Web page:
After weeks of flapping my wings against my cage, I’ve had to revise my life.
Focus on what I can do…
Get a new doctor (check)
Ride my bike
Clean out some drawers
I have to remember to ask for help (hard).
I have to permit myself to pamper myself- hire a housekeeper, get a massage, buy audiobooks, get a therapist. (hard)
Be humble- I just ordered a wheelchair as my back aches from weeks of crutches.
I have to allow myself some days of just being pathetic even though I know things could be worse. (easy)
I emerged from the doctor’s office that day feeling my mortality diminished
As children, most of us have been told “Don’t color on the walls!”, but it is so satisfying to have such an expanse waiting to be graced with marks made from your small hands.
I did get my chance as an adult. For a number of years I was an artist in residence in an assortment of schools in a three-county area. At times there were opportunities to color on walls creating murals with a cadre of small hands.
Now that I’m retired from all manner of teaching and the monetization of my artwork, I have a chance to color on my own walls. A boarded-up window on the outside of my detached studio building has been calling to me for a makeover. Numerous ideas swirled around my head for months. A cheery window scene was my ultimate goal. I sketched out many thumbnails but nothing seemed totally right. One thing I knew for sure, I was going to paint a black crow on the right side of the piece to disguise a hole that birds had enlarged for a nesting nook. Also I wanted my tuxedo cat, Zander in the picture along with a teapot, cup, and some flowers (I have this thing about teapots). I nixed the sun at the top in favor of a compass, a symbol that shows up frequently in my images.
Ultimately I settled on a basic design, a color scheme, and sketched it out on the wood. Procrastination settled in as perfectionism (fear) took over. Then I decided the worse thing that could happen is I would paint over what I didn’t like. So I got going.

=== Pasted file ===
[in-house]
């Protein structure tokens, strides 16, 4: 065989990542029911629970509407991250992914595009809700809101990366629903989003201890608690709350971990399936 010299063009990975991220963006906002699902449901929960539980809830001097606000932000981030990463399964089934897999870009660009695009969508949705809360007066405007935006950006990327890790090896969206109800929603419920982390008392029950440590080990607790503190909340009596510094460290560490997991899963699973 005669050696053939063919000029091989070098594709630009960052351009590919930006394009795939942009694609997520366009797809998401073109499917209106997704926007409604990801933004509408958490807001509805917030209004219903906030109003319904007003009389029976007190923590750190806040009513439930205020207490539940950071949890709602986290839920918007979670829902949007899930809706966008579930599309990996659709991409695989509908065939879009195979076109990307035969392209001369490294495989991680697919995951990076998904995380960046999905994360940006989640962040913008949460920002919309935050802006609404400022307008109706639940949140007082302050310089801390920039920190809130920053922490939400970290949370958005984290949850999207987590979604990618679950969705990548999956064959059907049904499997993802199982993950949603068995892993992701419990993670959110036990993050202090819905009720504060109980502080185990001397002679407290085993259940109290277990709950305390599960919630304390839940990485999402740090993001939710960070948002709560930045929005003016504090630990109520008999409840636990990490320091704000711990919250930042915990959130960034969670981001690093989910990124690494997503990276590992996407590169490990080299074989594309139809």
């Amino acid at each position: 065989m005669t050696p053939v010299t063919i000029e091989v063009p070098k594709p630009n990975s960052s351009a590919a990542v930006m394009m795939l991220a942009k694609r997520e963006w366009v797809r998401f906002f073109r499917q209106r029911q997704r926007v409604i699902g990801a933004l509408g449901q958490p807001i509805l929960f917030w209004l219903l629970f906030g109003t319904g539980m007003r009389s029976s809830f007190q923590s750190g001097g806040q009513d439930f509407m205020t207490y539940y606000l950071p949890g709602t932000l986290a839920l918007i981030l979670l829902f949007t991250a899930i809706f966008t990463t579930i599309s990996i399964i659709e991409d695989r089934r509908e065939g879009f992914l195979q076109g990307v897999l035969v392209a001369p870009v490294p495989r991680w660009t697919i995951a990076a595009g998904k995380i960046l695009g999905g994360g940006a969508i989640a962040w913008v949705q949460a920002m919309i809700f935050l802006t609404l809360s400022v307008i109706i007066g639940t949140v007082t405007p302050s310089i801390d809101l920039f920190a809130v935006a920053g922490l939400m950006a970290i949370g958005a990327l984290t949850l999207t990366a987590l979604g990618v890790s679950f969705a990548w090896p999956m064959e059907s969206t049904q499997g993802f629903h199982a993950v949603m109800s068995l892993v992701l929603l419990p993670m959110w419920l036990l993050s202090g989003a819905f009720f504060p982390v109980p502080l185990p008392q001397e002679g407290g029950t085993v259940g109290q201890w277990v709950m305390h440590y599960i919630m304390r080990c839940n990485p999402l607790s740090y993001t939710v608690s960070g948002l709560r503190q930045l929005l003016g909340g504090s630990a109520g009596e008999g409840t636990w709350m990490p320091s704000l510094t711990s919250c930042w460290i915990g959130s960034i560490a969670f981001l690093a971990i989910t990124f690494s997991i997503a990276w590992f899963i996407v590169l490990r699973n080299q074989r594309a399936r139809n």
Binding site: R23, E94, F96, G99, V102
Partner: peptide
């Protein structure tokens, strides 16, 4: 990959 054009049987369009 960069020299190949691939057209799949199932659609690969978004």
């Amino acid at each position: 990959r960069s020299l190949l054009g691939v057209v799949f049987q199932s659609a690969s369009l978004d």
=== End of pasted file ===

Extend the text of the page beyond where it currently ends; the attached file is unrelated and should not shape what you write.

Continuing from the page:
I worked on the mural bit by bit in the cool of the evenings as the heat wave here in Oregon made it unfeasible to work during the day in the hot sun. Eventually, I finished- yesterday! In all I only painted over one vase that was bright orange, changing the color to more of an understated coral.
I love this mural because it is personal to me and adds a happy focal point to an otherwise boring wall My next goal is to doodle all the way up my stairwell. Let’s see how that goes!
“a statement of the beliefs or aims which guide someone’s actions”.
Over the years I have collected some words of wisdom that have guided me through this adventure we called life. I decided to finally write them down in a format that was easily accessible. At first, I considered a small booklet but then I settled on a poster format. This would serve as a mini “Graffiti Wall” that I could access in an instant
This was a project I did not want to fuss over (avoid perfection, just get ‘er done). I grabbed a 14” x 11” piece of cardboard, painted a coat of yellow paint over it with a little embellishment, put my cartoon self in the center, and then started writing my words and phrases on the board in different colors and sizes. There is plenty of room for more guiding principles as this is an ongoing project. You can never have enough words of wisdom.
I keep this posted in my studio and glance at it now and again. It keeps me grounded as with my personal mission statement- but that’s a whole different post…
“Live by this credo: have a little laugh at life and look around you for happiness instead of sadness. Layughter has always brought me out of unhappy situations.“